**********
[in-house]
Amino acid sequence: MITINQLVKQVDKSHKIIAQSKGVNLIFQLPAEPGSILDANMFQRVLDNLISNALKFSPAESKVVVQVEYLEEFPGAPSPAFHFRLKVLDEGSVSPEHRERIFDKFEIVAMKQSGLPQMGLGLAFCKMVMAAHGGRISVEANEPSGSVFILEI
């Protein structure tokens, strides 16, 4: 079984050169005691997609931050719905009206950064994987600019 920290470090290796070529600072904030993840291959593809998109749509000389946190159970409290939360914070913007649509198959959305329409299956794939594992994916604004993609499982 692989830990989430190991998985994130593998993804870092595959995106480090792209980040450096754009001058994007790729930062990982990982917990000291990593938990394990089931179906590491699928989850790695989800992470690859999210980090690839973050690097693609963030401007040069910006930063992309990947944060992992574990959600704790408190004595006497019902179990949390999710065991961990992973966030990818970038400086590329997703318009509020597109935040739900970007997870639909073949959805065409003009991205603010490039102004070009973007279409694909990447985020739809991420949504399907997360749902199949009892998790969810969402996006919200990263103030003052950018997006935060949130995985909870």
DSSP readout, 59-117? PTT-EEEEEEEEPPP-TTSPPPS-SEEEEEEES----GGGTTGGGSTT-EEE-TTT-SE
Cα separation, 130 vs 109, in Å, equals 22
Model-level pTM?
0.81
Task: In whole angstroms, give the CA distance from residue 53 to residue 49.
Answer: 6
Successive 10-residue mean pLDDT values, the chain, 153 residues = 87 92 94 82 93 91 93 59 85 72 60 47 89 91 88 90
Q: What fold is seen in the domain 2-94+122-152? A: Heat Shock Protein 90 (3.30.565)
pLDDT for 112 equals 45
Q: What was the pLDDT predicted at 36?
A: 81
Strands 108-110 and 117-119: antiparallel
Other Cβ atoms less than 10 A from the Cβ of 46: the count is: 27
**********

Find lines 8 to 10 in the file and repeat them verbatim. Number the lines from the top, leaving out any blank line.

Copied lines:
Task: In whole angstroms, give the CA distance from residue 53 to residue 49.
Answer: 6
Successive 10-residue mean pLDDT values, the chain, 153 residues = 87 92 94 82 93 91 93 59 85 72 60 47 89 91 88 90